Anthony Bourdain showed me how being IN a kitchen can make you valuable OUT of the kitchen. He showed that being curious, smart and communicative could make me important in my field. I thought that I could live my life like he did, and be the glowing, silvered member of the community that everyone respects.

Not only all that, but heck, travel the world, eat food and make friends.

Like nearly any of the chefs & cooks you’ll stumble into tonight, crying into their beer & a shot at the late night happy hour, Kitchen Confidential was one of the most influential books I ever read, and was what informed many of my culinary choices. The series of events that make up Bourdain’s life is the most well-read series of events in my profession. We fucking love this guy.

Many years ago, I remember an ex-boyfriend of mine telling me that he’d been giving it some very serious thought, and realized that maybe his dream career was something like, “y’know, I dunno, maybe Anthony Bourdain’s. I think I could really like making shows where I eat interesting food and travel the world.”

I responded by just laughing at him, because I was a real B minus girlfriend. “Yeah, of course. That’s the dream, isn’t it? That guy MADE it.”

A year or two before I went to culinary school,  I picked up my first copy of Lucky Peach. I was starting to educate myself with the buzzy & ever growing and glowing “Food World” happening around me and wanted to learn who was cooking what and who was writing and who mattered, and THERE HE WAS, Tony Bourdain, writing an article about food in films. It was the coolest article I ever read. He was curious, and drawing connections. He wanted to share and talk about food beyond the capacity of just being a mechanical line-cook. He knew that food really MEANT something. And he was being really crass about it.

Bourdain still sounded like he belonged in a kitchen. He still sounded like he was caught in the Ageless Zone that Kitchen People are caught in. Kitchen life is sort of a Never Never Land where you don’t quite have to be a grown-up, but you’re definitely not a kid. You’re (usually) allowed to swear! You’re wearing pajamas, barely showering, eating cake at weird times of the day,  but you also have to pay taxes and clean up after yourself (can’t have it all, y’all).

In a kitchen, you want to be super flashy with your knives, knowledgeable with your products, and lightning fast at it all – but there’s a lot more going on than just that. You’re spending a lot of time together, and finding out what is the gooey nougat-filled center of the cook next to you. What are they into? What did they eat last night? What are they in love with?

People who work in kitchens often have one or two other skills they’re hoping to use some day, or dreamily, to use in conjunction with their love for food. My pet skill is always “Wellllllll, I’ve always been a wriiiiiterrrr…” and my kitchen idols have always been the literary types (Gabrielle Hamilton! Michael Ruhlman! Peter Meehan!).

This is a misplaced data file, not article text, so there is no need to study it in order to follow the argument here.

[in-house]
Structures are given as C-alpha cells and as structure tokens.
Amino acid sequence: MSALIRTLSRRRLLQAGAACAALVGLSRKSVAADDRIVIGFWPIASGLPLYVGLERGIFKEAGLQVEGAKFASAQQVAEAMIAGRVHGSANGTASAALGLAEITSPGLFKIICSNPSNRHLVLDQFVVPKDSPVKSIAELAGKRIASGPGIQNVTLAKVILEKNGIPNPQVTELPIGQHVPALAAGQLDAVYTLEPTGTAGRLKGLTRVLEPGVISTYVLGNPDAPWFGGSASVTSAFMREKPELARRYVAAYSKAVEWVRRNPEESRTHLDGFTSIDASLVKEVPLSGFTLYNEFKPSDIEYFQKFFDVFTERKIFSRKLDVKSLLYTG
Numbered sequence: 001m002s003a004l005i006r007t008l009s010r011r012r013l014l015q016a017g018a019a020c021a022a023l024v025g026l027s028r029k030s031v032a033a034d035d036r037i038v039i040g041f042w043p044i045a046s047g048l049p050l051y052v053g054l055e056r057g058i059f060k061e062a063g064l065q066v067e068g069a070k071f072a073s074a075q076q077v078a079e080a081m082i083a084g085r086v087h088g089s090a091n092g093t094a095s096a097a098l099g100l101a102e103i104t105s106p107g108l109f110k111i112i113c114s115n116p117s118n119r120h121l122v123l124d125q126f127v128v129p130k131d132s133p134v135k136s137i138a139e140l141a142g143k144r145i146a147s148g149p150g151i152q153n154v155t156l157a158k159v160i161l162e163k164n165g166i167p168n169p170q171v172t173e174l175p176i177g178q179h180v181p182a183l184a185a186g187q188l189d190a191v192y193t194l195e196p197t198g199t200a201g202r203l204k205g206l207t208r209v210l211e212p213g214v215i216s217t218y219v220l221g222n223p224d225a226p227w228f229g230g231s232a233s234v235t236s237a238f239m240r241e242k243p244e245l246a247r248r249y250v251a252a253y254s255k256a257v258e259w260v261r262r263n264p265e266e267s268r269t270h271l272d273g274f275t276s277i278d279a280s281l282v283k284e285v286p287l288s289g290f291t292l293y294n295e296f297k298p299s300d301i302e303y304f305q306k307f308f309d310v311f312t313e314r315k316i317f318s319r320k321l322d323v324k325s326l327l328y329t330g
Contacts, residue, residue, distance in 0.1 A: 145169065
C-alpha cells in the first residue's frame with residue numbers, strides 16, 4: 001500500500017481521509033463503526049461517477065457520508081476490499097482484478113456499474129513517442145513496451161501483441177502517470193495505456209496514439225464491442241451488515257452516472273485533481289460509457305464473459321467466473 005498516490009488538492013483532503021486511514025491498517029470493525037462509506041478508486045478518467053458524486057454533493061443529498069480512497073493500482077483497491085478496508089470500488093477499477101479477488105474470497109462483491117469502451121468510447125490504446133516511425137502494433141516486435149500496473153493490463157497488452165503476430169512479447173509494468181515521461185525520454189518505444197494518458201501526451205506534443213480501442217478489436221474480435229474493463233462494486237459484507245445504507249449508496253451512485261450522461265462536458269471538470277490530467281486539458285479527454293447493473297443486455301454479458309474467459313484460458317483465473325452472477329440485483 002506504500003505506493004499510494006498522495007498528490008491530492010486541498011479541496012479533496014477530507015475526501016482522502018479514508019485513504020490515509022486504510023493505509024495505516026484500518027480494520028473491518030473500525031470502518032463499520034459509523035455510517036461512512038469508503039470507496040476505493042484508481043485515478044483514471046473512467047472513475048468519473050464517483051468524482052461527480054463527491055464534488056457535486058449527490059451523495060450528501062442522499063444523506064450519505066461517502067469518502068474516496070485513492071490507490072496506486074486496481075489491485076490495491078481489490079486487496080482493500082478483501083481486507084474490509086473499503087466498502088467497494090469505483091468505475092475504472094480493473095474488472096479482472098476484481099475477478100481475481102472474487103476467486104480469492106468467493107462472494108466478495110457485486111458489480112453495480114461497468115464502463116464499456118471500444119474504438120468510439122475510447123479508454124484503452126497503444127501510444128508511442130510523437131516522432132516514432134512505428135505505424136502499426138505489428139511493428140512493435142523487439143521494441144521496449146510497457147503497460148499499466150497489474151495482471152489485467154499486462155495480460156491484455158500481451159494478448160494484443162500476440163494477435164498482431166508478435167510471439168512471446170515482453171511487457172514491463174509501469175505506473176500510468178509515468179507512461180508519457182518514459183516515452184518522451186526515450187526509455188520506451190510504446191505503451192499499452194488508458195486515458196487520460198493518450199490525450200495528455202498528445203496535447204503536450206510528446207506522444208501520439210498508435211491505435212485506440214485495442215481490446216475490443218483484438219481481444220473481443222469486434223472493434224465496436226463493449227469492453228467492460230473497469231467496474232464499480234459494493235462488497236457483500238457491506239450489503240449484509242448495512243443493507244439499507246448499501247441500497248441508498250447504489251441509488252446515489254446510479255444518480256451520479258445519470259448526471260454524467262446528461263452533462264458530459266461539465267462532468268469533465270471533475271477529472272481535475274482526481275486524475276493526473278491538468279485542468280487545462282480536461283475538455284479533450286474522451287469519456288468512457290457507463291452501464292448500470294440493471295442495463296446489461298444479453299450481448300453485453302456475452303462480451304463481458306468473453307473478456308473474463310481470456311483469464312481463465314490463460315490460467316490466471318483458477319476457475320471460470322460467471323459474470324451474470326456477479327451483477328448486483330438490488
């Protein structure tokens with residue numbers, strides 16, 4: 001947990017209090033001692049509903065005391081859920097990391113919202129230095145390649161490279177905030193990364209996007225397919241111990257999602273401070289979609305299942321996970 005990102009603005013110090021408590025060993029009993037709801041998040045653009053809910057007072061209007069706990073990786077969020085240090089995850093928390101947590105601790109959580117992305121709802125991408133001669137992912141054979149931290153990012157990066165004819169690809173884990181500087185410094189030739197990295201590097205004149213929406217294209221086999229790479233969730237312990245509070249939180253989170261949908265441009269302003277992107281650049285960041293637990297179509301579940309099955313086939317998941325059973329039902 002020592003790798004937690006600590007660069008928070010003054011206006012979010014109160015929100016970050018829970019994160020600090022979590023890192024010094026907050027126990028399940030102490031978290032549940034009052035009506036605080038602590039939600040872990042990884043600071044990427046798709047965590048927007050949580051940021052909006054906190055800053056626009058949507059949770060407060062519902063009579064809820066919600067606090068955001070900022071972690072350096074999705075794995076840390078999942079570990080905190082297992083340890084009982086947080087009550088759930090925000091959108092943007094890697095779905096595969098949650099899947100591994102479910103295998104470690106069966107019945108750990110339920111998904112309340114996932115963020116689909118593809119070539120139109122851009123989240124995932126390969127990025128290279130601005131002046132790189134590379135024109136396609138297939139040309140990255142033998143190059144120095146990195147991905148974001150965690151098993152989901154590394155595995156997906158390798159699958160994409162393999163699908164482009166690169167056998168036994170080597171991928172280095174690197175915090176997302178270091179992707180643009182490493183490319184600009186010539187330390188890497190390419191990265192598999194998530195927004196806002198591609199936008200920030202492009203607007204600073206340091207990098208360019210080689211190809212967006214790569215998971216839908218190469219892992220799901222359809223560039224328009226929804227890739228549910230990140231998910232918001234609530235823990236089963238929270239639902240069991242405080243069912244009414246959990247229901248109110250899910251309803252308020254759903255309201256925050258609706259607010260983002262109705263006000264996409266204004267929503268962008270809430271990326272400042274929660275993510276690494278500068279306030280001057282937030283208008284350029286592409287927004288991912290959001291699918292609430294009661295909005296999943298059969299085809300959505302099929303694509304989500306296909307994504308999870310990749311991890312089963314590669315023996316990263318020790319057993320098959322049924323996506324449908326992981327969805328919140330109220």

Even chefs who stay focused on the daily grind of kitchen labor know they’ll eventually have to find a path out of there. When the only thing you hear yourself saying at the bar after your shift is  “I stood on my feet for 14 hours today in 110 degree heat, didn’t have a meal besides candied almonds and some grapes,  had two hours of sleep, and I’m alive”–professional longevity ISN’T desirable.

Anthony Bourdain was the chef that MADE IT. He was honest, he lived the kitchen life, and people wanted to hear what he had to say about it. Rich people who watch CNN wanted to see him have authentic experiences with people from other countries to which they would never travel. He was living well in a shitty world, and the people still caught in the shit respected him.

He was caught in an extraordinary cultural intersection that is exclusive to this time and to our country’s understanding of kitchen culture. We’re caught in a place where the media’s fascination with kitchens & food is at an all-time high, but chef’s and cook’s quality of life is not at a corresponding all-time high. However, it IS getting better…sorta. And, quite relevantly, it’s better than how Bourdain lived and chronicled in Kitchen Confidential. 

And don’t get me wrong – as the next generation of chefs, Anthony Bourdain’s problems aren’t going to be my problems BECAUSE of Anthony Bourdain. I believe that 100%. He forever altered the world for us.

It’s very, very sad to me that he took his own life. It’s also very troubling to me, as a chef, that the guy who I’ve always said has “made it” was so unhappy he chose to end it all. However, I would much rather emphasize here that I have zero idea what he struggled with, and can’t possibly say why he chose to end his life…nor do I want to. Not only can circulating pure speculation be hurtful to those who were close to him, it makes me spend more time dwelling in the dark than I would like. I don’t want to color his legacy with only a dark palette.

Bourdain is still a hero, and still one of mine. He’s still a hero because his death doesn’t change his life…but his death does change MY life.

My idea of what “making it” is now forever changed. It is still a foggy concept, and probable illusion as it was before, and the Silver Hero who exemplified its essence is now gone. I think I have less of an idea of what “making it” looks like now, and that’s what all of this is meant to say.

For all of us chefs, cooks, kitchen types…these are hard times, but take your blessings where you can, eat real food, sit down sometimes, and let yourself cry in the walk-in.